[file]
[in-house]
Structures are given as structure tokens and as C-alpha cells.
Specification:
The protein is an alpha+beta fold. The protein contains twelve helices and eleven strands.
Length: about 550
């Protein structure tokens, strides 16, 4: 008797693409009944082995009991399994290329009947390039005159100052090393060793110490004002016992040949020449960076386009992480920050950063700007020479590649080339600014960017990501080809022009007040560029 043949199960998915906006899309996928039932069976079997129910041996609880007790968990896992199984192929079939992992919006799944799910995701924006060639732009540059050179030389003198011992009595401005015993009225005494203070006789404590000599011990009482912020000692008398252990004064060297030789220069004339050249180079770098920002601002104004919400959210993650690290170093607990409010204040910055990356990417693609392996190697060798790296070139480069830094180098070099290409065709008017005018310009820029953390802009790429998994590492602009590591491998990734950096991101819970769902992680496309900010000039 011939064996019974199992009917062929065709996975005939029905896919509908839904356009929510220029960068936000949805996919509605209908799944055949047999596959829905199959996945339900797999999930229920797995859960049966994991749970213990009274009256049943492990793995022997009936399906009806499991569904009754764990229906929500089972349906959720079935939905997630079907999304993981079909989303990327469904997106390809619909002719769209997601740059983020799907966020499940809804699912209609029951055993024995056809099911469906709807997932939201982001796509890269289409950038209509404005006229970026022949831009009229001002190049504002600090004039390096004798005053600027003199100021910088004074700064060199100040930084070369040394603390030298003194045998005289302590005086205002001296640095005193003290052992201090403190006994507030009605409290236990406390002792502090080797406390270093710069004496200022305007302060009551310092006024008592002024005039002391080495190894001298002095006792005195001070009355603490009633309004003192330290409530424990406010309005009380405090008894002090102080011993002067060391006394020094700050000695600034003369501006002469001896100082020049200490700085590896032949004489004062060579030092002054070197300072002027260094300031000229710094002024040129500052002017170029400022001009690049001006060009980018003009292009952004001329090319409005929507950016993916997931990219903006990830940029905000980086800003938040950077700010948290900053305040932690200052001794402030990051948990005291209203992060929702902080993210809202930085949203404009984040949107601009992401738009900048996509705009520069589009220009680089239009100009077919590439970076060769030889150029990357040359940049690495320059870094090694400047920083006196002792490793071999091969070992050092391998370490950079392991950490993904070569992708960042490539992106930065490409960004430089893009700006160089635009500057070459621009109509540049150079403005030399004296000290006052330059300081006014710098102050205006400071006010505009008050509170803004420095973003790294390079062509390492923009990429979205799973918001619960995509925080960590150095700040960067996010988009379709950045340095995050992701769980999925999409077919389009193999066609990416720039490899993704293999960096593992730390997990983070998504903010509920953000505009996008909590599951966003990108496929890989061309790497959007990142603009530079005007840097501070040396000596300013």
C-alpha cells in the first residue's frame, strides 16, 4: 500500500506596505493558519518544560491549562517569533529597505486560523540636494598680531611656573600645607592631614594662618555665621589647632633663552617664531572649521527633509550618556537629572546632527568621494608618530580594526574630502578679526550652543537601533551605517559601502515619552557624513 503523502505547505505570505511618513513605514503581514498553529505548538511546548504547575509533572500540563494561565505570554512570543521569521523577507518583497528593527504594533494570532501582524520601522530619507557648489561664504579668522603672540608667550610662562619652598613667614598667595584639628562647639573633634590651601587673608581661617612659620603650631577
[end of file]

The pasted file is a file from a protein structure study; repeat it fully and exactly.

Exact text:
[in-house]
Structures are given as structure tokens and as C-alpha cells.
Specification:
The protein is an alpha+beta fold. The protein contains twelve helices and eleven strands.
Length: about 550
């Protein structure tokens, strides 16, 4: 008797693409009944082995009991399994290329009947390039005159100052090393060793110490004002016992040949020449960076386009992480920050950063700007020479590649080339600014960017990501080809022009007040560029 043949199960998915906006899309996928039932069976079997129910041996609880007790968990896992199984192929079939992992919006799944799910995701924006060639732009540059050179030389003198011992009595401005015993009225005494203070006789404590000599011990009482912020000692008398252990004064060297030789220069004339050249180079770098920002601002104004919400959210993650690290170093607990409010204040910055990356990417693609392996190697060798790296070139480069830094180098070099290409065709008017005018310009820029953390802009790429998994590492602009590591491998990734950096991101819970769902992680496309900010000039 011939064996019974199992009917062929065709996975005939029905896919509908839904356009929510220029960068936000949805996919509605209908799944055949047999596959829905199959996945339900797999999930229920797995859960049966994991749970213990009274009256049943492990793995022997009936399906009806499991569904009754764990229906929500089972349906959720079935939905997630079907999304993981079909989303990327469904997106390809619909002719769209997601740059983020799907966020499940809804699912209609029951055993024995056809099911469906709807997932939201982001796509890269289409950038209509404005006229970026022949831009009229001002190049504002600090004039390096004798005053600027003199100021910088004074700064060199100040930084070369040394603390030298003194045998005289302590005086205002001296640095005193003290052992201090403190006994507030009605409290236990406390002792502090080797406390270093710069004496200022305007302060009551310092006024008592002024005039002391080495190894001298002095006792005195001070009355603490009633309004003192330290409530424990406010309005009380405090008894002090102080011993002067060391006394020094700050000695600034003369501006002469001896100082020049200490700085590896032949004489004062060579030092002054070197300072002027260094300031000229710094002024040129500052002017170029400022001009690049001006060009980018003009292009952004001329090319409005929507950016993916997931990219903006990830940029905000980086800003938040950077700010948290900053305040932690200052001794402030990051948990005291209203992060929702902080993210809202930085949203404009984040949107601009992401738009900048996509705009520069589009220009680089239009100009077919590439970076060769030889150029990357040359940049690495320059870094090694400047920083006196002792490793071999091969070992050092391998370490950079392991950490993904070569992708960042490539992106930065490409960004430089893009700006160089635009500057070459621009109509540049150079403005030399004296000290006052330059300081006014710098102050205006400071006010505009008050509170803004420095973003790294390079062509390492923009990429979205799973918001619960995509925080960590150095700040960067996010988009379709950045340095995050992701769980999925999409077919389009193999066609990416720039490899993704293999960096593992730390997990983070998504903010509920953000505009996008909590599951966003990108496929890989061309790497959007990142603009530079005007840097501070040396000596300013």
C-alpha cells in the first residue's frame, strides 16, 4: 500500500506596505493558519518544560491549562517569533529597505486560523540636494598680531611656573600645607592631614594662618555665621589647632633663552617664531572649521527633509550618556537629572546632527568621494608618530580594526574630502578679526550652543537601533551605517559601502515619552557624513 503523502505547505505570505511618513513605514503581514498553529505548538511546548504547575509533572500540563494561565505570554512570543521569521523577507518583497528593527504594533494570532501582524520601522530619507557648489561664504579668522603672540608667550610662562619652598613667614598667595584639628562647639573633634590651601587673608581661617612659620603650631577